Three years ago, Tevin Piper of Elmira joined the Waterloo Region Boxing Academy at the urging of his father LeVar and older brother Terrel, who also boxes at the club.Tevin, it seems, had a natural gift, and it wasn’t until he began training at the gym regularly that he discovered his ability to box. Working with his father and head coach Rick Cadilha, Tevin found a safe place to fight within the ring, and he quickly learned how to channel his skills into competition.
Last week Tevin competed in the 12th annual Ringside World Championships in Kansas City. In a gripping fight against Julian McDonald from Fenton, Missouri, Tevin won a hard-fought majority decision against his opponent, claiming his first 95-pound weight class title.
“I enjoy the independence of the sport. I like it better than team sports because you have to rely on yourself and not on other people. It is just you out in the ring,” said Tevin.
There were four boxers in Tevin’s weight class, meaning the 13-year-old had to win only two fights to claim his belt.
“I get nervous when I fight, but when I am in the ring I only think about what I am going to do and not what my opponent is going to do, because if I think about what he is doing that puts doubt in my mind. I just stay positive and focus on my combinations.”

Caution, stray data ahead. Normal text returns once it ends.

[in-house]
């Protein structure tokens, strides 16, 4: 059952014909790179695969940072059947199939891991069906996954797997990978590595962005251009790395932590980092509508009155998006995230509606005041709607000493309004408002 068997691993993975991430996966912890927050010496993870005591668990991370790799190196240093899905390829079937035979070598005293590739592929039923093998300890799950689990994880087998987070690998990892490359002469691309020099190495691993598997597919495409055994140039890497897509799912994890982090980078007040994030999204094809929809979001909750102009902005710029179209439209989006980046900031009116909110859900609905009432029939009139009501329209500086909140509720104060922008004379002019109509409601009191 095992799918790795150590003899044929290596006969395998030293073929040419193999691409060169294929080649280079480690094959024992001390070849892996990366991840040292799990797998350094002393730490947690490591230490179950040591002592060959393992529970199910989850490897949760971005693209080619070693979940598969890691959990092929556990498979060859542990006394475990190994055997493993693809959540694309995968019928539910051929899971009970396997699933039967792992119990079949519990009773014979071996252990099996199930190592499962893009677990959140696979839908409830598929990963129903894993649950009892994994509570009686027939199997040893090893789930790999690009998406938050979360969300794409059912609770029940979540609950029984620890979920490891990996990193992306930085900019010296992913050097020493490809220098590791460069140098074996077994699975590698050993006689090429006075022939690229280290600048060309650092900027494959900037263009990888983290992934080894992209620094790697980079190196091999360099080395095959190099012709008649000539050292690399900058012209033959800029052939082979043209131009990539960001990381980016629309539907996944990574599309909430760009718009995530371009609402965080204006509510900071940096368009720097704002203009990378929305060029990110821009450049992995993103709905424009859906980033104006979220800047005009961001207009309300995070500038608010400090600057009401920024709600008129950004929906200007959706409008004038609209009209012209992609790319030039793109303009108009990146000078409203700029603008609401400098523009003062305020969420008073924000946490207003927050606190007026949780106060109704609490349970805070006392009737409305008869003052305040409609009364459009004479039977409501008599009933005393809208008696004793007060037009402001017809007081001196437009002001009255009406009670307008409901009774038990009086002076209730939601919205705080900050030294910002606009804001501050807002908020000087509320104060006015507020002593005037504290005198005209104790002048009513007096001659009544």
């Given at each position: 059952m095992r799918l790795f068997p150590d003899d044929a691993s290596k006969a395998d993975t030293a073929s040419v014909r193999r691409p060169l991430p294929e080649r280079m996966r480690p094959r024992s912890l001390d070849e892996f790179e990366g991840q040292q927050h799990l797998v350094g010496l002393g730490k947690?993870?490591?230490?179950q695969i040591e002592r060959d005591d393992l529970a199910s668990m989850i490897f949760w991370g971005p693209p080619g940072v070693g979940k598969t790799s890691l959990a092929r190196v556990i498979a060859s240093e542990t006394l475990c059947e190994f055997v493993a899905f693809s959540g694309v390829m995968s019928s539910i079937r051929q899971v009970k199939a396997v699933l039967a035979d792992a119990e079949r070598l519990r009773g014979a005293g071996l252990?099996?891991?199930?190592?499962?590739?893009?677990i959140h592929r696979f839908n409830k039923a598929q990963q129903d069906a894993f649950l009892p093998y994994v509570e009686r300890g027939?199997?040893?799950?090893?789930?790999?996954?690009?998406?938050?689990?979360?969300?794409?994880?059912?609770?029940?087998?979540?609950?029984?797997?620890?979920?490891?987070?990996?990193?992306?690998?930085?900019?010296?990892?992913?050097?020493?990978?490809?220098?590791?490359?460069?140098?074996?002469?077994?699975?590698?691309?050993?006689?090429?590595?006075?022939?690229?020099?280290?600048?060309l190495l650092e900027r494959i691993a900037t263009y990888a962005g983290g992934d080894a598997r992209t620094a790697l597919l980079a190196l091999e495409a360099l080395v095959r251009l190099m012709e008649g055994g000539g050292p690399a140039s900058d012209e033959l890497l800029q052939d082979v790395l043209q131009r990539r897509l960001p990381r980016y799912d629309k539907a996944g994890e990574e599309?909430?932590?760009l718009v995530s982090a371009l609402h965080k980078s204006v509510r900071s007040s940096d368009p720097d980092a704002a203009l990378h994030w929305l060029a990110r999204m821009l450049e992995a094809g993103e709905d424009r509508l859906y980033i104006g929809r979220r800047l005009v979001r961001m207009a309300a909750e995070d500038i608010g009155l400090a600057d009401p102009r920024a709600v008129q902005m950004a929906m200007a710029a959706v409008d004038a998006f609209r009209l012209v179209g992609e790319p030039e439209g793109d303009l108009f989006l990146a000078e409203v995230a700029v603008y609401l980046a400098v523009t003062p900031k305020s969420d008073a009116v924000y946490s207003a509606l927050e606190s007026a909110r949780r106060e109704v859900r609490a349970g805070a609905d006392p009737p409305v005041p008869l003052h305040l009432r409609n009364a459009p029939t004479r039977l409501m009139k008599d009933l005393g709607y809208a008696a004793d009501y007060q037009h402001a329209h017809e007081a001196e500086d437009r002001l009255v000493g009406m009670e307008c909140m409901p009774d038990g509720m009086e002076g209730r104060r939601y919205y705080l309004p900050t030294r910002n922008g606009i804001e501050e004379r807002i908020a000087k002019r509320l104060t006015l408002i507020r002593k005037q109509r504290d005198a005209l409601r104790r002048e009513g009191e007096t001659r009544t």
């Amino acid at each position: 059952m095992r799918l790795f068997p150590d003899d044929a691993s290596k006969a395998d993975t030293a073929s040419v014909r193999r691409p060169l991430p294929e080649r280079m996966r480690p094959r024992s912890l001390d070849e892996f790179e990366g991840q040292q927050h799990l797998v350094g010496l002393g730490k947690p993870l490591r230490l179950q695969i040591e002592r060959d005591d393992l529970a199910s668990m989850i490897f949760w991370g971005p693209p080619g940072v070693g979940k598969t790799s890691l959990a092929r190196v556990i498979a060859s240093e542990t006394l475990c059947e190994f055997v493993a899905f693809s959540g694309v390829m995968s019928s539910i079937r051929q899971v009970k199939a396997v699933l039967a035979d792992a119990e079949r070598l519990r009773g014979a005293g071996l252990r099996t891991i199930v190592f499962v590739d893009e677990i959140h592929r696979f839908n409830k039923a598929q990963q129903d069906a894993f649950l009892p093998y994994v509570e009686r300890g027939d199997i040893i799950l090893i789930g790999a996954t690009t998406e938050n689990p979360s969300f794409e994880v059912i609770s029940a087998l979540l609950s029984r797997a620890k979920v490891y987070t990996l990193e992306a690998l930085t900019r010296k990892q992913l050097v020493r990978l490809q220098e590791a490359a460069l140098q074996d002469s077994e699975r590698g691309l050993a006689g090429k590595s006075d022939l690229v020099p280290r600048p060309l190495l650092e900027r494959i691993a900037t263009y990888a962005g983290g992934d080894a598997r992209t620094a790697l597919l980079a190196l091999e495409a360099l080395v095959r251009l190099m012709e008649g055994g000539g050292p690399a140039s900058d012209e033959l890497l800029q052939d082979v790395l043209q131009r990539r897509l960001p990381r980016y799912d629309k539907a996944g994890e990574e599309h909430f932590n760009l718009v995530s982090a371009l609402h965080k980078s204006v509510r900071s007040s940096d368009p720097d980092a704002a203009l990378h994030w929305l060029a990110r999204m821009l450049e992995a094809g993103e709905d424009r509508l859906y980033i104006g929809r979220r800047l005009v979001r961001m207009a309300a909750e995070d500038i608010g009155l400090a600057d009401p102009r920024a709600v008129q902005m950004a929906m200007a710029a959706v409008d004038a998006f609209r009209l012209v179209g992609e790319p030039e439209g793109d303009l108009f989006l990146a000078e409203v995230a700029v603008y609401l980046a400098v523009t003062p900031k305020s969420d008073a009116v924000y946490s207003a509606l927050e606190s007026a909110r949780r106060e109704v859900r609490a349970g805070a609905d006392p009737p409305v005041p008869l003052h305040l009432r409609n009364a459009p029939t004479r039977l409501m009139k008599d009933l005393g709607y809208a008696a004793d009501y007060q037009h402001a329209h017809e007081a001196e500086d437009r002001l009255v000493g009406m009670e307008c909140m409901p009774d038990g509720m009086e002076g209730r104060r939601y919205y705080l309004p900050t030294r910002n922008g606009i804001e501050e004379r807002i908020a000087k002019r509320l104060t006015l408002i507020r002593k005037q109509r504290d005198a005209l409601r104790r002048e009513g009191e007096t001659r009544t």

Tevin’s older brother, Terrel, also competed in the tournament in the 106-lb weight class, but lost a split-decision in the semi-finals against Todd Cortez, the United States junior national boxing champion.
“It was a good fight but in the end only one judge thought I had won while the other two thought my opponent won,” said Terrel. “That is how the sport goes. You win some and lose some. It was a really close bout.”
The two brothers trained for months preparing for their Ringside debuts, visiting their gym six days a week working on their strength training, conditioning and boxing techniques. The boys began to travel to Toronto so they could spar with boxers in preparation for their matches in the U.S.
“I am very happy with their performance and the guys they fought had way more experience than what these two have. Many of the American fighters begin at age 9 but in Canada we begin at 10 so that year of training and fighting does make a big difference and the boys proved that they could handle themselves,” said LeVar. “The sport is all about how natural you are and how quickly you can adapt to change.”
This fall Terrel will be adapting to a change in schools as he begins high school at Elmira District Secondary School.
“I am looking forward to it. I think it will be very different than my last school.”
The brothers both say they will continue their boxing training and look forward to getting back in the ring and hopefully winning more titles soon.